Final Project Outline and Invitation

The following is the project outline and the invitations I sent out for participation in the project:

Dear Friends,

For my final project I have decided to create a film about Santa Fe and the exchange program. The audience will be directed toward the urban planning department and its students at the University of Utah to encourage future participation in the program.

Instead of hearing me speak about my experience (which would be very boring), I feel that it would be much, much more valuable to the audience to hear from citizens from Santa Fe. So I am asking for your help in participating with this video.

I would like to schedule a time in the next week to meet with you and ask you a series of questions that will be used in the video. You may not be an expert in the areas that I am covering, but that does not matter. What matters for this project are the opinions and thoughts from everyone.

As for language, you all know that my Spanish is very limited, so I will be asking the questions in English. However, you are more than welcome to answer the questions in either Spanish or English. It will be no problem for me to add subtitles for this film.

The location of the interview will be up to you. I would like to have each set of interviews done in different places to add some variety to the film. I am happy to arrive at whatever destination and time is most convenient for you.

I have attached a list of questions that I will be asking for the film. Please look them over and start thinking about the responses you might give.

You are; of course, welcome to not answer all of them if you feel that they are too personal.

Please let me know what day and time will work best for you. I would like to start filming on Monday if possible and have everything done by Friday.

Thank you in advance for your help on this project. I am confident that through each of you, the people in Utah will be able to see why I have fallen in love with your city and your country.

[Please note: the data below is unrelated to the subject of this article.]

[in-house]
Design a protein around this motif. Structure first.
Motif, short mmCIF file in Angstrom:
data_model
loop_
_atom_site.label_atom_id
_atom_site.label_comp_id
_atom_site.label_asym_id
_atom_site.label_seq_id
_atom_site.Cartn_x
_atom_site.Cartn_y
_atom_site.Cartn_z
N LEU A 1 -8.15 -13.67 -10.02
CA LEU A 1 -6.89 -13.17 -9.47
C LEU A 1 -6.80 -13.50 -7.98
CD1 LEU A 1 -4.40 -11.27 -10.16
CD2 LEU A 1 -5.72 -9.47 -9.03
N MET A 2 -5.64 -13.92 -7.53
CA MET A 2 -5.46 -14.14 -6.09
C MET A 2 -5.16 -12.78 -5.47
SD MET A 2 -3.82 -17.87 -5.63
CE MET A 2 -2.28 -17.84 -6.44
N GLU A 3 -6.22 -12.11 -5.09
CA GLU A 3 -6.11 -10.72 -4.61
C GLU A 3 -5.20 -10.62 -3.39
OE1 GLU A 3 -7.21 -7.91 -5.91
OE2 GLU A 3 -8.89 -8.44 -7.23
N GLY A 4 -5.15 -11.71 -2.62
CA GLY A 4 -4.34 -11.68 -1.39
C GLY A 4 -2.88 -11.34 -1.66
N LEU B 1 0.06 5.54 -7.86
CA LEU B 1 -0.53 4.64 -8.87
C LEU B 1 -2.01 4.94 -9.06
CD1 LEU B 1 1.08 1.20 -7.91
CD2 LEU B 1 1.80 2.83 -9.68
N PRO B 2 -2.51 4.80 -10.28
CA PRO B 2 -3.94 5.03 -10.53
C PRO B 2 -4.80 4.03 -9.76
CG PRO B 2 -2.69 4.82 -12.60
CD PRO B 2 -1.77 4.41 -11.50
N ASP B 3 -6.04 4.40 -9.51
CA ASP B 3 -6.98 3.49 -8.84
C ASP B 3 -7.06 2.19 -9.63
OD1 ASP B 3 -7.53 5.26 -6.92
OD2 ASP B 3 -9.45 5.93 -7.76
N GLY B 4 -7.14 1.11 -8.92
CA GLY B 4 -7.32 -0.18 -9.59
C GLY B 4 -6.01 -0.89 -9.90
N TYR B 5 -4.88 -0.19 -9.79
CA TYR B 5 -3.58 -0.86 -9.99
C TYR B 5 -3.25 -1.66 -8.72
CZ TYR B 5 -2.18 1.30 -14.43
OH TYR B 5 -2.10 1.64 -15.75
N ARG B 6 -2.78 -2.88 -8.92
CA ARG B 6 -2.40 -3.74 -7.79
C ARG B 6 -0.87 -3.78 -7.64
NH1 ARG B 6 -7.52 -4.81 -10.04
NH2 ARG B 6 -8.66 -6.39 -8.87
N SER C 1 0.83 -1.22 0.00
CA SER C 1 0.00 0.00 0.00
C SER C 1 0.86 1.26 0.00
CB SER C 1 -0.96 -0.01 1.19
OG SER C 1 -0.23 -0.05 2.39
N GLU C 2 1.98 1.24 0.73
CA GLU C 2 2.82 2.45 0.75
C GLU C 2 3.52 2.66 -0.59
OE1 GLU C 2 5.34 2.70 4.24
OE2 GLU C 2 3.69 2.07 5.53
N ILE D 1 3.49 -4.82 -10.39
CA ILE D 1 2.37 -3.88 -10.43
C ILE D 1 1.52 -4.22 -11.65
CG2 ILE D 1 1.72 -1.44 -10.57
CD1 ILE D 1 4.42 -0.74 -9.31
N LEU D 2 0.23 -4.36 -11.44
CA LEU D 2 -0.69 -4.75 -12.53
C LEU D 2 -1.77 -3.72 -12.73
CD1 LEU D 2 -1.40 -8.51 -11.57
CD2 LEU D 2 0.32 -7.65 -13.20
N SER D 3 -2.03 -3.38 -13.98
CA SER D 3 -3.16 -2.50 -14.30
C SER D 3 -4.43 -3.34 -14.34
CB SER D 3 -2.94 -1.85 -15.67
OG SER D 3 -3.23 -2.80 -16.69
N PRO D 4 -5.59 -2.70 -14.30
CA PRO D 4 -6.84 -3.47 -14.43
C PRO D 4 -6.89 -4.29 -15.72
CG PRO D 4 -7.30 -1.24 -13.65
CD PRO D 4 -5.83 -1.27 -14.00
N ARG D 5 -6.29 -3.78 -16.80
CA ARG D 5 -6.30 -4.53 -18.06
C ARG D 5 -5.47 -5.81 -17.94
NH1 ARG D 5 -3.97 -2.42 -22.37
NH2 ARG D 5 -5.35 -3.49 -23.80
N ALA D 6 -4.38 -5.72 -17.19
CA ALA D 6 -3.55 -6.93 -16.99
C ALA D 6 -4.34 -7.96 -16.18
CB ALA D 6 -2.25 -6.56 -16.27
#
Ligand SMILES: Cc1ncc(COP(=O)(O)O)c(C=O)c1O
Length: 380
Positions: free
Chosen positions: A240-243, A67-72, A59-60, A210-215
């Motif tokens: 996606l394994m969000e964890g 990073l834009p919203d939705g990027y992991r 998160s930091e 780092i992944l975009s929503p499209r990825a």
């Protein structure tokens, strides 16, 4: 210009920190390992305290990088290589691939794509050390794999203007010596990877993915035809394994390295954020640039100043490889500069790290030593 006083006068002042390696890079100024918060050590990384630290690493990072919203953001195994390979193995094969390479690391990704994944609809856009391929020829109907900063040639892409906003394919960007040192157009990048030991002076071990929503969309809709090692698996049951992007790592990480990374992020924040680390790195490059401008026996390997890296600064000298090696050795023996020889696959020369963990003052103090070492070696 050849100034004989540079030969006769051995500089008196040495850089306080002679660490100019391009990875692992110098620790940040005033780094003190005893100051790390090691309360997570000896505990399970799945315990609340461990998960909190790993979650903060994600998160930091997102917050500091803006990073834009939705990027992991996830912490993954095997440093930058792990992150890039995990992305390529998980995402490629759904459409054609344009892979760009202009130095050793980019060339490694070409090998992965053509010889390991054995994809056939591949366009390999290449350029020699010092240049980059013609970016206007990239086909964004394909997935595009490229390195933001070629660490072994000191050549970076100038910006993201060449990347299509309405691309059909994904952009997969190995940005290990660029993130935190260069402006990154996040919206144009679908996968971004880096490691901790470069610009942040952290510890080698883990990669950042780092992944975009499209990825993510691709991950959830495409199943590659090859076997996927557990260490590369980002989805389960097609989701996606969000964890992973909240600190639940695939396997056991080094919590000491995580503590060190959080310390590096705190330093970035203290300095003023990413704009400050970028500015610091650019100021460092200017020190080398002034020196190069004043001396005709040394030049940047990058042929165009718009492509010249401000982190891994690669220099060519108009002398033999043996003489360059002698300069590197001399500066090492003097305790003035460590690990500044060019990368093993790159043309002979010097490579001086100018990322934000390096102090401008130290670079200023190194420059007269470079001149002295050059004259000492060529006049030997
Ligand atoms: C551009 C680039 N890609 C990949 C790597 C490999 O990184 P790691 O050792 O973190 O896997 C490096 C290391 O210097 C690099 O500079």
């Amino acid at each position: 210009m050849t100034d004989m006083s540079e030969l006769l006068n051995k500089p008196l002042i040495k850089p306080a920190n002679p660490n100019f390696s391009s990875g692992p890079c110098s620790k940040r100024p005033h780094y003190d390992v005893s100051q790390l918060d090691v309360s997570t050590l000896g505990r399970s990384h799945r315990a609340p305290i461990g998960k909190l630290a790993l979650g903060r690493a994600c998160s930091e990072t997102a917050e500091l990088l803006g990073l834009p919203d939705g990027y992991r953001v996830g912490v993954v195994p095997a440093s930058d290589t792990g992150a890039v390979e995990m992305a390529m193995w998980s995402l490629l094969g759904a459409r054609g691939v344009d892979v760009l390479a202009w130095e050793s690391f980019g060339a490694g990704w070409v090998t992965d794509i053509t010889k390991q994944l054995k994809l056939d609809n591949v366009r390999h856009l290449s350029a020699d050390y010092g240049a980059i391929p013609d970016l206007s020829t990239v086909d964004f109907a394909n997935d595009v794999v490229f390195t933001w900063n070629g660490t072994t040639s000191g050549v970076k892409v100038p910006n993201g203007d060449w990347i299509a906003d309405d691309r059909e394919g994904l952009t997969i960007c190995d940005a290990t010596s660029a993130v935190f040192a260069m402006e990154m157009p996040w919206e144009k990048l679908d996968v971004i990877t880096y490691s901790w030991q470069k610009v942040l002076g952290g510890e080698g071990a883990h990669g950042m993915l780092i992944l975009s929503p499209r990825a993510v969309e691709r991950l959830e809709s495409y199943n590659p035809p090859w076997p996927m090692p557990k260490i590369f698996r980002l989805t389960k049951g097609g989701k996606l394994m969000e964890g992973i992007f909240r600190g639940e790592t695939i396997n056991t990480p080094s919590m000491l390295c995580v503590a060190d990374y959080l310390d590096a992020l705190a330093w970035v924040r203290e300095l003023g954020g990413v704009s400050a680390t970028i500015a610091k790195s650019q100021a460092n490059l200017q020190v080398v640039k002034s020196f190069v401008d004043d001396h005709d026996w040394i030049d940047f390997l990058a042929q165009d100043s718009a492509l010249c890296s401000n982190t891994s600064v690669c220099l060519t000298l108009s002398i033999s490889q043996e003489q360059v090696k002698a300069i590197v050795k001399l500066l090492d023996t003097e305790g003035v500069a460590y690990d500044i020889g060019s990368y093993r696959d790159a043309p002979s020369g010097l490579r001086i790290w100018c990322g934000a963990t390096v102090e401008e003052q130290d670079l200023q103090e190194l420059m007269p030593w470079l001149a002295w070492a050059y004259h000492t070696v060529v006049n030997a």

Nate Currey

Questions for the interviews:

· How has the history of Santa Fe helped shape its development?

· What are successes Santa Fe has had in planning throughout its history?

· What are mistakes that have been made with planning in Santa Fe?

· I will ask questions about specific projects going on in Santa Fe (if you do not know about them it is no problem):

- Redevelopment of the flood plain area

- Redevelopment of the rail yards

- Redevelopment of the docks

- North to South tree-lined avenues

- Regional municipal cooperation (Santa Fe – Parana)

- New Dock/Autopista to Parana

· What is your view of the rivers surrounding the area (Parana/Salado)?

- How can the water in the region be turned into an asset for:

§ Tourism?

§ Transportation?

§ Recreation?

· What are the barriers/dividing lines in the built environment of the city?

· How has your generation helped to shape Argentina/Santa Fe?

· How much did you learn about Argentina’s history in school?

· How has the military dictatorship affected attitudes in the country today?

· How has the military dictatorship affected your generation?

· Have your family or friends been affected by government kidnappings during the military rule?

· How do you think the period of military rule has affected current politics in Argentina/Santa Fe?

· How much power do you feel citizens of Argentina have over their government?

- Federal?

- Municipal?

· What do you love about Argentina?

· What do you love about Santa Fe?

· What are your hopes/dreams about Argentina’s future?

· What are your hopes/dreams about Santa Fe’s future?

· Why should planning students in Utah come to Santa Fe?

· If you could say one thing to students in the USA what would it be?


crucible of events

Sometimes it’s all just a little too much.

Too much to process . . .

Too much to feel . . .

Too much to experience . . .